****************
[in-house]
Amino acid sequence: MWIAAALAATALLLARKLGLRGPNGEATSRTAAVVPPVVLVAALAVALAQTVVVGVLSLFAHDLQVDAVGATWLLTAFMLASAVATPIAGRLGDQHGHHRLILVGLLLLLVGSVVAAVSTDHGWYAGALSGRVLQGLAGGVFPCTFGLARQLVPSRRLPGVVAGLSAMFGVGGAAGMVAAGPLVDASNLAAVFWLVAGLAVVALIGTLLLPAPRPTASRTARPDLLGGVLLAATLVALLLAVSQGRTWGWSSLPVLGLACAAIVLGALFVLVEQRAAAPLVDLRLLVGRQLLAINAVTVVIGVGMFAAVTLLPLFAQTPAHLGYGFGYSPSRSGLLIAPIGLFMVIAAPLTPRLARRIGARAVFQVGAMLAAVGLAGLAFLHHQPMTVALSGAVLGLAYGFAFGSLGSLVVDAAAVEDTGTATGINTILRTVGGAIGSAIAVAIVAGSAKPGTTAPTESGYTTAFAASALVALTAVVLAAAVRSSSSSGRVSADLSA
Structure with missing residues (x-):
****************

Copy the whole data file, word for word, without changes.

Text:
[in-house]
Amino acid sequence: MWIAAALAATALLLARKLGLRGPNGEATSRTAAVVPPVVLVAALAVALAQTVVVGVLSLFAHDLQVDAVGATWLLTAFMLASAVATPIAGRLGDQHGHHRLILVGLLLLLVGSVVAAVSTDHGWYAGALSGRVLQGLAGGVFPCTFGLARQLVPSRRLPGVVAGLSAMFGVGGAAGMVAAGPLVDASNLAAVFWLVAGLAVVALIGTLLLPAPRPTASRTARPDLLGGVLLAATLVALLLAVSQGRTWGWSSLPVLGLACAAIVLGALFVLVEQRAAAPLVDLRLLVGRQLLAINAVTVVIGVGMFAAVTLLPLFAQTPAHLGYGFGYSPSRSGLLIAPIGLFMVIAAPLTPRLARRIGARAVFQVGAMLAAVGLAGLAFLHHQPMTVALSGAVLGLAYGFAFGSLGSLVVDAAAVEDTGTATGINTILRTVGGAIGSAIAVAIVAGSAKPGTTAPTESGYTTAFAASALVALTAVVLAAAVRSSSSSGRVSADLSA
Structure with missing residues (x-):